DiMarzio released the Ionizer 7 humbuckers in 2014, as a follow up to the Ionizer 8 set from the previous year. Designed as the signature set (at that time) for guitarist Tosin Abasi. Tosin has moved on and now has an impressive signature set with Fishman (review coming very soon!), but DiMarzio thankfully keeps the Ionizer 7 on the menu. If we can get DiMarzio to keep more models available (*cough* Virtual PAF series*cough*!).
Tosin is influenced by progressive rock and progressive metal players like John Petrucci, Allan Holdsworth, Steve Vai, and Yngwie Malmsteen. Generally speaking, you’re looking for something with drive and something with clarity.
For this evaluation, I have the Ionizer 7 set in an Ibanez Universe, which is Hum-Single-Hum. DiMarzio makes an Ionizer 8 single coil for the middle, but nothing like that for the Ionizer 7 set. A wag-of-the-finger to Larry. LOL! The Blaze middle stays in place for this one. Not to get on a soap box, but the lack of options for 7-string single coil size pickups is lame. That applies to many pickup builders.
Anyhoo, the pickups get the wiring for the stock Ibanez Universe configuration:
Otherwise, the Universe is similar to enough the Ibanez TAM models. And away we go!
Out of the gate, I have to say that a lot about the Ionizer 7 bridge reminds me of the DiMarzio Blaze Custom. Let’s face it, the DiMarzio Blaze is one of the most common 7-string humbuckers out there. The Blaze Custom is a massive improvement in all the right ways. So yeah, the Ionizer 7 bridge is a solid offering. Is it just a re-packaged Blaze Custom? Nope. The Ionizer 7 bridge is not wound as hot as the Blaze Custom, but has a little bit more output. It’s fairly established that Resistance does NOT equal output, so we won’t rehash all that here again today. LOL!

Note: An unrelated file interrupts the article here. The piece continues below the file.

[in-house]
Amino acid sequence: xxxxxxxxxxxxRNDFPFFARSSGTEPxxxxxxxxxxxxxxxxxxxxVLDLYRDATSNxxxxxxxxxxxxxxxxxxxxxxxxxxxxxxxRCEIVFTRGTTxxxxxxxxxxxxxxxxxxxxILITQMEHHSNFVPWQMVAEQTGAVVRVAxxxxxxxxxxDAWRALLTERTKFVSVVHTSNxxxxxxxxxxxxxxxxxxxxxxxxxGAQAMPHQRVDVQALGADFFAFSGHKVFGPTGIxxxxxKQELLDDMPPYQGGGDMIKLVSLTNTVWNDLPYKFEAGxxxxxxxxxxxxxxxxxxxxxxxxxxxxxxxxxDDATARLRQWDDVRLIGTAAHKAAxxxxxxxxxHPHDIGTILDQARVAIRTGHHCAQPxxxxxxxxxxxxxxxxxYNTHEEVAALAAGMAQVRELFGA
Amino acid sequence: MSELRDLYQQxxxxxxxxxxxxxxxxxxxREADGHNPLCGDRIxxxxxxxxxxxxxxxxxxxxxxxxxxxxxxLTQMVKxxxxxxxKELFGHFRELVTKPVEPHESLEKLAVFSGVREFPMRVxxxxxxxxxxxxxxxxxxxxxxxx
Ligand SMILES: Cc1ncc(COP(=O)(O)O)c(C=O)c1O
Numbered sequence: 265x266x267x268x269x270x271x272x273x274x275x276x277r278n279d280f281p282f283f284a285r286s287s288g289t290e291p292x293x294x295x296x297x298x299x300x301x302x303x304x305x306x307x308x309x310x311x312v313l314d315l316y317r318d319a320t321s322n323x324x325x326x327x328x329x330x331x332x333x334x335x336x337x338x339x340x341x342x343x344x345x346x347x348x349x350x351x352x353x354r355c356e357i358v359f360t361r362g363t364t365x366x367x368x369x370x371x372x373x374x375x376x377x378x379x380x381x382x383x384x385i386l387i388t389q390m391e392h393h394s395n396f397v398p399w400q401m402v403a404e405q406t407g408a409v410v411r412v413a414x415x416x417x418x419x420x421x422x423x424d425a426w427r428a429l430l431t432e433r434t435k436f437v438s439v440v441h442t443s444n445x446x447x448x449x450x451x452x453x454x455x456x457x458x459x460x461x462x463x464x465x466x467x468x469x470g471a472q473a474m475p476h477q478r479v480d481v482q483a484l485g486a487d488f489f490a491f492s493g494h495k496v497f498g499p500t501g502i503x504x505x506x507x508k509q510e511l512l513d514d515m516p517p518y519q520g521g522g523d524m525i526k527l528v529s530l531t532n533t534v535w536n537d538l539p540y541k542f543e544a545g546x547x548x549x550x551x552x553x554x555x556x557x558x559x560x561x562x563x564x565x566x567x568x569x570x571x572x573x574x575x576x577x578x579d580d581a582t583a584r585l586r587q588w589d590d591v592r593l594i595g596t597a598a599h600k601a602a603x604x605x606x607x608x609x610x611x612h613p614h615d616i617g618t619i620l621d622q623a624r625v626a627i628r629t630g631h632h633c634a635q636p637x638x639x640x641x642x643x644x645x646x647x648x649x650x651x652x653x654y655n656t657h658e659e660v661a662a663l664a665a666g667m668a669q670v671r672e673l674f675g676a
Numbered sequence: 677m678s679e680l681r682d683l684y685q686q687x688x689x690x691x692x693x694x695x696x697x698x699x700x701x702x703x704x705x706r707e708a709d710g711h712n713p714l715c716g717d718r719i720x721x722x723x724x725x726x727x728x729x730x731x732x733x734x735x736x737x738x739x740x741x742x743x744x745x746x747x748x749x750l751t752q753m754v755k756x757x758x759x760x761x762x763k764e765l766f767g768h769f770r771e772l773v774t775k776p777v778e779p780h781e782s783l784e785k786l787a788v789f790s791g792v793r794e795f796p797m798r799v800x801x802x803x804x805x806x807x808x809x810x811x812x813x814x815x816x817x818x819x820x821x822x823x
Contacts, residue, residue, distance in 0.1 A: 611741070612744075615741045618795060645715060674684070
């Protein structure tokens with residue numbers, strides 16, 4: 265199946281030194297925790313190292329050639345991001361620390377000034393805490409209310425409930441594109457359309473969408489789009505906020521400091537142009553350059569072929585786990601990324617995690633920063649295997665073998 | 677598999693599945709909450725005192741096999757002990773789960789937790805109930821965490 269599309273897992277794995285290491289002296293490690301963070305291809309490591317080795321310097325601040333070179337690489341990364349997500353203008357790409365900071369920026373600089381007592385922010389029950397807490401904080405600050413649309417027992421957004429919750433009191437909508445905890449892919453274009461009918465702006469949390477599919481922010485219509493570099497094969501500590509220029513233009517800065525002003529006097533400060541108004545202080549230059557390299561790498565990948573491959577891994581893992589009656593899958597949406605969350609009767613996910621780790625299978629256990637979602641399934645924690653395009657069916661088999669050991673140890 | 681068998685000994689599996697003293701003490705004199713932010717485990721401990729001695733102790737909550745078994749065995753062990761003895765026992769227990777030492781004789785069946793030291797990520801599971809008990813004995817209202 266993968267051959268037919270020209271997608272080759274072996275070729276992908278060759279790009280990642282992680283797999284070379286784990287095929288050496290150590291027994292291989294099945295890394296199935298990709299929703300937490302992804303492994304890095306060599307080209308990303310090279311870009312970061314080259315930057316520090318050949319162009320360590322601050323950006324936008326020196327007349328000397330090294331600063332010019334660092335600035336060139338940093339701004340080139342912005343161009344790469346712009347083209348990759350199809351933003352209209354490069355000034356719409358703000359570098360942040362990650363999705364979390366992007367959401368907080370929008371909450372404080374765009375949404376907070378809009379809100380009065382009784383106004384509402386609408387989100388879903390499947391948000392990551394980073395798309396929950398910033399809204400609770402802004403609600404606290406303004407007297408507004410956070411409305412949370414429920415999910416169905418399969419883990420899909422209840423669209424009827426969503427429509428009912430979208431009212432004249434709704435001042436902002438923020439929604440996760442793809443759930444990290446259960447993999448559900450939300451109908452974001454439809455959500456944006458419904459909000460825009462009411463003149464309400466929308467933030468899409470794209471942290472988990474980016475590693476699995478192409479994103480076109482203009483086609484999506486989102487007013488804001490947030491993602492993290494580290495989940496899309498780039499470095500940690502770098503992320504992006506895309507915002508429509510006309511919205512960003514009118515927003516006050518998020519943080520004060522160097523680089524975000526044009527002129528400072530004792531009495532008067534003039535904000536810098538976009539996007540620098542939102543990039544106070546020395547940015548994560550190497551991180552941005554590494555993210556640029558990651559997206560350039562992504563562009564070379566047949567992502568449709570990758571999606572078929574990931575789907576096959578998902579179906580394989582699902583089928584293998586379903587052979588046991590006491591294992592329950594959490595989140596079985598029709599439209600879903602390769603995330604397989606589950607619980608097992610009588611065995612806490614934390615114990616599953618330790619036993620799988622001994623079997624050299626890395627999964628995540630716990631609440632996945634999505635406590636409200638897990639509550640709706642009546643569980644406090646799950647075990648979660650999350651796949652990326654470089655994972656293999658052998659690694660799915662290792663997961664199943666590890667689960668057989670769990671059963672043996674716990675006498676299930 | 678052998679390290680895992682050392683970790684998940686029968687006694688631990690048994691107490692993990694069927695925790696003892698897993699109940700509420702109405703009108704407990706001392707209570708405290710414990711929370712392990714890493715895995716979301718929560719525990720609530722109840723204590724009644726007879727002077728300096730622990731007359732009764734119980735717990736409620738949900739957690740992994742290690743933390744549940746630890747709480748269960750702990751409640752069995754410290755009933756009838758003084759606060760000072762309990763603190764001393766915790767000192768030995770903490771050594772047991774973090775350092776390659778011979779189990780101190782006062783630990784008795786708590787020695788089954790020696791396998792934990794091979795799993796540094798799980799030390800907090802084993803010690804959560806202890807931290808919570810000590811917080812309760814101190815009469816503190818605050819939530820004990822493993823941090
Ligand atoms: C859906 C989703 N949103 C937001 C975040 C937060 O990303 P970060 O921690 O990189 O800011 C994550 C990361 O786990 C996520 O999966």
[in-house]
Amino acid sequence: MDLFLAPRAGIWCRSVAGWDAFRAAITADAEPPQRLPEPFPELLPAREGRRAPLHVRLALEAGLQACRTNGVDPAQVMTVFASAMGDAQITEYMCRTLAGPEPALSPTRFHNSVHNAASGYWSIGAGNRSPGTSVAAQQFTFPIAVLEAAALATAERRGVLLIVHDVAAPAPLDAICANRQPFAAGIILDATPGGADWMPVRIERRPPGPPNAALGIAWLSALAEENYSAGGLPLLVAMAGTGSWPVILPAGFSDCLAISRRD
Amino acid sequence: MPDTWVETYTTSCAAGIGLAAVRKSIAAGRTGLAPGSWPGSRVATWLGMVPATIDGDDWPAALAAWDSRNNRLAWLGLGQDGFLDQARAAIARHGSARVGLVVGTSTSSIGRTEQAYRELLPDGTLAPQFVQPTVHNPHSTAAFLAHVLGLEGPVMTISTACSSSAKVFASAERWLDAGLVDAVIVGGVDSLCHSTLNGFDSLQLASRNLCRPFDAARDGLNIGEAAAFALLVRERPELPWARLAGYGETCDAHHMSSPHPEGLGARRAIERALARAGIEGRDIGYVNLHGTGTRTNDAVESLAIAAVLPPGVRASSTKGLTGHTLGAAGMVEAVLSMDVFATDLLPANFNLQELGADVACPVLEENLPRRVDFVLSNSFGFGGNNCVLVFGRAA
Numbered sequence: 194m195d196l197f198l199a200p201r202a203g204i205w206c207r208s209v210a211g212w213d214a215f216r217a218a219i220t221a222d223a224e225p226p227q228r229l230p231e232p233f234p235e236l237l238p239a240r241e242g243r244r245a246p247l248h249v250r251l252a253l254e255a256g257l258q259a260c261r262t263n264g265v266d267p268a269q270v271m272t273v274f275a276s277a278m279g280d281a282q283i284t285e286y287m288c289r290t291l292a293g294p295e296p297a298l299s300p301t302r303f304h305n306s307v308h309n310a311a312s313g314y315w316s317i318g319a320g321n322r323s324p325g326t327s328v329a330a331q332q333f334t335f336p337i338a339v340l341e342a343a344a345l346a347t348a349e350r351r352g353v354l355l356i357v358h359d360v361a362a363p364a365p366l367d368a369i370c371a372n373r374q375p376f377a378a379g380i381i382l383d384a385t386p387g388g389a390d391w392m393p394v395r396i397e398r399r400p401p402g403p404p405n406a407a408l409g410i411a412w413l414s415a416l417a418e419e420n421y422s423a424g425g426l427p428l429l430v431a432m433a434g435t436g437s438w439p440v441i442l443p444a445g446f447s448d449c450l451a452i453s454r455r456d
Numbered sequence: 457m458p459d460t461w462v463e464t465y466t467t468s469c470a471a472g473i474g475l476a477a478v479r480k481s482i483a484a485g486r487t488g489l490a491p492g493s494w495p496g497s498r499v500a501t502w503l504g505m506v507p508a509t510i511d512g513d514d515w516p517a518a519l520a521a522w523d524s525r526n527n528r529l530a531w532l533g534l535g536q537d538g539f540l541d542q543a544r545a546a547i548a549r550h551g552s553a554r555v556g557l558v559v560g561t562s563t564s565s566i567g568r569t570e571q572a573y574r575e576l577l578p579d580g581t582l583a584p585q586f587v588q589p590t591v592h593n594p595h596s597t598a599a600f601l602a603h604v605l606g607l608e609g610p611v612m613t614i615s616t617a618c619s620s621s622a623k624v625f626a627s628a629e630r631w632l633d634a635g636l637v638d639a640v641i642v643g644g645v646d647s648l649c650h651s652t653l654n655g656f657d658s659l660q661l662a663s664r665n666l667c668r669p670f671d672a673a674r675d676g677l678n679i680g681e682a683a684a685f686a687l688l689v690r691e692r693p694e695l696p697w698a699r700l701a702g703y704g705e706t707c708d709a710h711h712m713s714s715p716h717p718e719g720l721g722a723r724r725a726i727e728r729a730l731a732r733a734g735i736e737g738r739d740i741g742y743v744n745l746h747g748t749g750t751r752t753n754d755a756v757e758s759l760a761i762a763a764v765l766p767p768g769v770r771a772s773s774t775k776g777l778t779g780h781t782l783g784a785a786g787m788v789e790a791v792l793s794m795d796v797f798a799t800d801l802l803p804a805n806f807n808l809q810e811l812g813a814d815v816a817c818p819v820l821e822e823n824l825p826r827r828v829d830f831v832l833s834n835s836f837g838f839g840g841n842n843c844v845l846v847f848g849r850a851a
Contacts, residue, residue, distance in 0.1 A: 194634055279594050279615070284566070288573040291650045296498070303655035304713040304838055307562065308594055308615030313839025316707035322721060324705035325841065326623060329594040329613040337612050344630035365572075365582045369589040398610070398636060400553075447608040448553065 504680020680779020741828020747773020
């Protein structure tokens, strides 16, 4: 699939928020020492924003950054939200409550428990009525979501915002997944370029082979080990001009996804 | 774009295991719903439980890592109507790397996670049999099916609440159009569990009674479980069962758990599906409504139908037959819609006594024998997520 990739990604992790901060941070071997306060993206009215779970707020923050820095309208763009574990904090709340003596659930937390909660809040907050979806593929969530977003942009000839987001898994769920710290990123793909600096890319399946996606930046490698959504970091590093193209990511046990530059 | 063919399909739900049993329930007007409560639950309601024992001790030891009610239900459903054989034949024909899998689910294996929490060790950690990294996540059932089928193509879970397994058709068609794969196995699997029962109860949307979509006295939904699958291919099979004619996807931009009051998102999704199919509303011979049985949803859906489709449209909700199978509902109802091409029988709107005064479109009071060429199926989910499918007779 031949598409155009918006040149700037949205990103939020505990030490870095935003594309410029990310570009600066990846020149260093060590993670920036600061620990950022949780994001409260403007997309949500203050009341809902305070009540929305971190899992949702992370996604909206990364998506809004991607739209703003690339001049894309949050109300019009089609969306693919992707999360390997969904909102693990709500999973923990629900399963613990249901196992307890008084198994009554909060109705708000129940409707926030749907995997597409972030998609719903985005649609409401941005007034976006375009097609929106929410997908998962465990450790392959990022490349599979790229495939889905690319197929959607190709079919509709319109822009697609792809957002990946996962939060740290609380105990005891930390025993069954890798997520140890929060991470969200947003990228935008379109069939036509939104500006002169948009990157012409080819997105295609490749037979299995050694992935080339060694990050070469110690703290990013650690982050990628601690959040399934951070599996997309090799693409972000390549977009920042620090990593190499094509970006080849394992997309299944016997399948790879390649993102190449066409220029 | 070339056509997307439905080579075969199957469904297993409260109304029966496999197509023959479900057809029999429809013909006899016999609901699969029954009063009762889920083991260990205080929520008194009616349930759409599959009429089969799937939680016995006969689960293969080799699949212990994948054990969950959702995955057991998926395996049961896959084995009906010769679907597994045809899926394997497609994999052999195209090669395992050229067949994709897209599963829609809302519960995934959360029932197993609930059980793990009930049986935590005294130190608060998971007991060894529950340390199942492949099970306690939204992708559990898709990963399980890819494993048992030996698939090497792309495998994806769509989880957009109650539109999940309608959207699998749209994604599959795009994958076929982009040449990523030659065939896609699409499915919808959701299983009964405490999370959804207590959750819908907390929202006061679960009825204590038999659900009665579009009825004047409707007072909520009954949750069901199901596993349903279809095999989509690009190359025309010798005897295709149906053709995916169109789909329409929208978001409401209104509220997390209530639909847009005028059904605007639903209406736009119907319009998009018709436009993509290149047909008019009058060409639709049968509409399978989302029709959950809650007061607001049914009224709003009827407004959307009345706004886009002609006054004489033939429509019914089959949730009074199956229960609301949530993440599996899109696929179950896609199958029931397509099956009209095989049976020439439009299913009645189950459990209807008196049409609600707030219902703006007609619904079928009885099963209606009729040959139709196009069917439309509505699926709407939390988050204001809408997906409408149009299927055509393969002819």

What you get with that slightly lower wind is a little more clarity and open character to the tone. That makes the Ionizer 7 bridge more responsive as well and easier to get clean tones out of. The mids have some snarl and the lows are refined. On the in-between position with the middle single coil, the vibe is snappy with plenty of heat.
There’s really nothing else that I can see in the DiMarzio lineup that’s like the Ionizer 7 neck humbucker. So it’s got that going for it. What really impresses me the most about the Ionizer 7 neck is how it responds to clean tones. You don’t have to dig deep into Tosin’s discography to hear that cleans are a big part of his sonic vocabulary. You can get a totally workable clean tone from the Ionizer 7 neck while in full series mode. Flip over to the in between position with the middle single coil and there are some really fun options to work with. Funky and super chimey with a bit of quack. The neck position does hold together much better on a dirty amp setting than the Blaze neck, by comparison. Not quite as precise as the superb Titan 7 neck, but still a good option.
Wanna watch an official DiMarzio video of Tosin playing an Ibanez TAM with the Ionizers?
Alright, I know. That’s the Ionizer 8-string set. Dude, that’s the only official DiMarzio content I could find. How about peeking at some specs:
Series – 11.737 K
Inductance – 6.731 H
North – 5.872 K
South – 5.883 K
Parallel – 2.939 k
Magnet – Ceramic
Output – 425 mV
Series – 9.168 K
Inductance – 4.89 H
North – 4.576 K
South – 4.591 K
Parallel – 2.291 k
Magnet – Ceramic
Output = 295 mV
The Ionizer 7 is gonna take care of you if you are looking for something better than some basic stock pickups that come with your guitar. If you’re in to Tosin Abasi’s thing, I’d suggest getting a 5-way switch or a Super Switch and getting creative with the switching options.
For reference, this DiMarzio Ionizer 7 pickup set evaluation was conducted with a Fractal Axe-Fx II XL+ featuring Celestion Impluse Responses and Fractal MFC-101 MIDI Foot Controller. Real cabs used were Marshall 1960B cabs loaded with Celestion G12-65s, Vintage 30s and G12M Greenbacks.